In November the Department of Veterans Affairs released a grim statistic: the number of U.S. troops who sustained injuries in Iraq and Afghanistan had reached 1 million.
A recent study says there are nearly 1.1 million family members tasked with caring for those men and women. In many cases the aftermath of dealing with severe injuries have not just changed the family dynamic but have strained caregivers financially and emotionally.
There is help.
The VA offers support through its Family Caregiver Program.
The program is driven by the belief that recovery is enhanced within the comforts of home. Once a family member is deemed eligible, post 9/11 veterans can receive care in their homes while their designated family caregiver receives both financial compensation and emotional support.
Some of the services that family caregivers can receive are:
- Monthly stipend
- Mental health services and counseling
- Access to health care insurance, if not already entitled to
- Caregiver training and medical support
- Travel expenses for veteran’s medical appointments and per diem and lodging if necessary
- Respite care
There are also training opportunities for family members that range from learning general pre-discharge information to studying Traumatic Brain Injury, Spinal Cord Injury/Disorders and Blind Rehabilitation.
A veteran’s care plan may also involve home-based primary care, which delivers routine health care services to the home if the veteran has difficulty traveling. This may include medication management and dietary planning, as well as physical rehabilitation and occupational and speech therapy.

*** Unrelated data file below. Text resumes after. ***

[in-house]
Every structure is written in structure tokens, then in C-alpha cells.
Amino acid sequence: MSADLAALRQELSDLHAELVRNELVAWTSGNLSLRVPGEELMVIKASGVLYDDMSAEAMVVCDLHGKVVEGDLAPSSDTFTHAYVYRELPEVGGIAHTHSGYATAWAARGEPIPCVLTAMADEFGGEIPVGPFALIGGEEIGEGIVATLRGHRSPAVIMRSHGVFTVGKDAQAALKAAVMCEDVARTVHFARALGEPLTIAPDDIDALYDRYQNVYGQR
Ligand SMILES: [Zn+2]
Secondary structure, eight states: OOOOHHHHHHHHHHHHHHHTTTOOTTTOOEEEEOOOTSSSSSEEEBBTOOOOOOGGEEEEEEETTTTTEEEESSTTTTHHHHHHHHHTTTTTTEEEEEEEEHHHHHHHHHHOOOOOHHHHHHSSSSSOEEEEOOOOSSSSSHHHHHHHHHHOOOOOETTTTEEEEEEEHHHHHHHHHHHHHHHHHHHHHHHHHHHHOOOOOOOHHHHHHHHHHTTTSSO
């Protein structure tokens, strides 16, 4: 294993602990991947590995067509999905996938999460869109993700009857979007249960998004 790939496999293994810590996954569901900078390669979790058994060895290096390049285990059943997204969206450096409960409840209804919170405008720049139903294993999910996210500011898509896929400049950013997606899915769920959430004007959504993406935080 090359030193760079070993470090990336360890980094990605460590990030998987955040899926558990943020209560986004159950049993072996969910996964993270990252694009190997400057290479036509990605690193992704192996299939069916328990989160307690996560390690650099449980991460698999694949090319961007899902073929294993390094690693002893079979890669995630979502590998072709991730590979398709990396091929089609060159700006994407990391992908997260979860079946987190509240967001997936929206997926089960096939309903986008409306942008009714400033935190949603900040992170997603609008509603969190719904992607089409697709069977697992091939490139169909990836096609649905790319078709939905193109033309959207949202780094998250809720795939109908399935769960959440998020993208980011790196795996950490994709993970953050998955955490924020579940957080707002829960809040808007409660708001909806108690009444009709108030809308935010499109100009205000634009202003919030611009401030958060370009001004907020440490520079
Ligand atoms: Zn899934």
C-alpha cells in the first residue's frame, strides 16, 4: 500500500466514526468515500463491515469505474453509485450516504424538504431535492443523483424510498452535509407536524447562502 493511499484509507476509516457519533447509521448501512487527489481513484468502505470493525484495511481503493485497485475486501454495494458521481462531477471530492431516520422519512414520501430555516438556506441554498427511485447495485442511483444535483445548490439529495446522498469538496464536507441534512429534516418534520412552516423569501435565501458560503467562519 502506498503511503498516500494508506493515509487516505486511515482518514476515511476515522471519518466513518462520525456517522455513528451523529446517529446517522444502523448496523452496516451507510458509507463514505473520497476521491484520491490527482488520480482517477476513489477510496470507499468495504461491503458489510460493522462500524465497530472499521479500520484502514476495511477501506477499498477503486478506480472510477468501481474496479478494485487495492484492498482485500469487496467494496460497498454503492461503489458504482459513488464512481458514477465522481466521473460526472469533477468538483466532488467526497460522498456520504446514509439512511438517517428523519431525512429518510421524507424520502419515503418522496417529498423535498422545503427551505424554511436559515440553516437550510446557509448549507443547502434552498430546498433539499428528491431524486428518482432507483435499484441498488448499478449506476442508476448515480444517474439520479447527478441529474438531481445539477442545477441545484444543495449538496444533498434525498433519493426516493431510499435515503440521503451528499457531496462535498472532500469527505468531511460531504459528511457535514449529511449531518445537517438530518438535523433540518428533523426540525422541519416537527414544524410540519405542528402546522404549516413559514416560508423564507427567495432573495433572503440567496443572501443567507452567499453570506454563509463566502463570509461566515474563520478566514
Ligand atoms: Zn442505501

Respite care is available to caregivers to relieve them of the constant demands of caring for their loved one. Individuals may be eligible to have a provider stay in their home with their veteran while they leave or the veteran may be sent for a short stay at a local VA community center or Adult Day Health Care Center. The program not only gives family members a deserved break but also gives veterans an opportunity to socialize with other veterans.
Caregiver can receive all this plus ongoing support if they qualify. If you are a family member with questions about eligibility or accessing services or simply need someone to list, call the VA Caregiver Support Line 1-855-260-3274
Finding a local Caregiver Support Coordinator is an easy zip code search by visiting http://www.caregiver.va.gov/help_landing.asp
Eligibility for participation in the Family Caregiver Program can be determined by applying at www.caregiver.va.gov.
Eligibility criteria is based on the following:
- Veterans eligible for this program are those who sustained a serious injury – including traumatic brain injury, psychological trauma or other mental disorder – incurred or aggravated in the line of duty, on or after September 11, 2001.
- Veterans eligible for this program must also be in need of personal care services because of an inability to perform one or more activities of daily living and/or need supervision or protection based on symptoms or residuals of neurological impairment or injury.
- To be eligible for the Program of Comprehensive Assistance for Family Caregivers, Veterans must first be enrolled for VA health services, if not enrolled previously.
Visit this website for a preliminary questionnaire to determine if you may fit the criteria. http://www.va.gov/healthbenefits/resources/Caregiver_Eligibility_Check.asp
Editor’s note: Representatives from Veterans Affairs did not return phone calls regarding this story.